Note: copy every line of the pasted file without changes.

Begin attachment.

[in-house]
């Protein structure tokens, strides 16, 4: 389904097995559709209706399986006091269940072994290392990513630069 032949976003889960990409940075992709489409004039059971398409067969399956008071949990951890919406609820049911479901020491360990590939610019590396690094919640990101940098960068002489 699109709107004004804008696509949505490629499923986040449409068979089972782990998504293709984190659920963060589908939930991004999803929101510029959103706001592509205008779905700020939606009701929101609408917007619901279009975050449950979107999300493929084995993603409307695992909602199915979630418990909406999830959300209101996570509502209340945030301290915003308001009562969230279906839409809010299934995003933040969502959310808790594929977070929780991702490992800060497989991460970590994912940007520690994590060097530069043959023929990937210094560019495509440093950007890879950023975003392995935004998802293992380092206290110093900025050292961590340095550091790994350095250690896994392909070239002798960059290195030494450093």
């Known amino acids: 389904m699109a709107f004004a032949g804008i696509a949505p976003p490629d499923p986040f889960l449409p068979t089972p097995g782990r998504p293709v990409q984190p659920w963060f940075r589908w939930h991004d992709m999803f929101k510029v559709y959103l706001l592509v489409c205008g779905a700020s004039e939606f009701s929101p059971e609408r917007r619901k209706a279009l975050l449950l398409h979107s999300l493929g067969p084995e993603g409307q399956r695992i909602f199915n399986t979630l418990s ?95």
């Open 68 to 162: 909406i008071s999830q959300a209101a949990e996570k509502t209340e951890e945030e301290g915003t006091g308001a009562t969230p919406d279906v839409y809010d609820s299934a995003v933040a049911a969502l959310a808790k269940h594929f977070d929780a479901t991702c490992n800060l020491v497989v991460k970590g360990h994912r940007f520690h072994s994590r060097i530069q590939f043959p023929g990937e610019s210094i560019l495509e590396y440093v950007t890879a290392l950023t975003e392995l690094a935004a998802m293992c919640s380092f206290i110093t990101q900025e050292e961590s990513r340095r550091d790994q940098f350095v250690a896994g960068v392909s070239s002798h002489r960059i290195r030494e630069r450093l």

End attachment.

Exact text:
[in-house]
């Protein structure tokens, strides 16, 4: 389904097995559709209706399986006091269940072994290392990513630069 032949976003889960990409940075992709489409004039059971398409067969399956008071949990951890919406609820049911479901020491360990590939610019590396690094919640990101940098960068002489 699109709107004004804008696509949505490629499923986040449409068979089972782990998504293709984190659920963060589908939930991004999803929101510029959103706001592509205008779905700020939606009701929101609408917007619901279009975050449950979107999300493929084995993603409307695992909602199915979630418990909406999830959300209101996570509502209340945030301290915003308001009562969230279906839409809010299934995003933040969502959310808790594929977070929780991702490992800060497989991460970590994912940007520690994590060097530069043959023929990937210094560019495509440093950007890879950023975003392995935004998802293992380092206290110093900025050292961590340095550091790994350095250690896994392909070239002798960059290195030494450093």
């Known amino acids: 389904m699109a709107f004004a032949g804008i696509a949505p976003p490629d499923p986040f889960l449409p068979t089972p097995g782990r998504p293709v990409q984190p659920w963060f940075r589908w939930h991004d992709m999803f929101k510029v559709y959103l706001l592509v489409c205008g779905a700020s004039e939606f009701s929101p059971e609408r917007r619901k209706a279009l975050l449950l398409h979107s999300l493929g067969p084995e993603g409307q399956r695992i909602f199915n399986t979630l418990s ?95």
């Open 68 to 162: 909406i008071s999830q959300a209101a949990e996570k509502t209340e951890e945030e301290g915003t006091g308001a009562t969230p919406d279906v839409y809010d609820s299934a995003v933040a049911a969502l959310a808790k269940h594929f977070d929780a479901t991702c490992n800060l020491v497989v991460k970590g360990h994912r940007f520690h072994s994590r060097i530069q590939f043959p023929g990937e610019s210094i560019l495509e590396y440093v950007t890879a290392l950023t975003e392995l690094a935004a998802m293992c919640s380092f206290i110093t990101q900025e050292e961590s990513r340095r550091d790994q940098f350095v250690a896994g960068v392909s070239s002798h002489r960059i290195r030494e630069r450093l």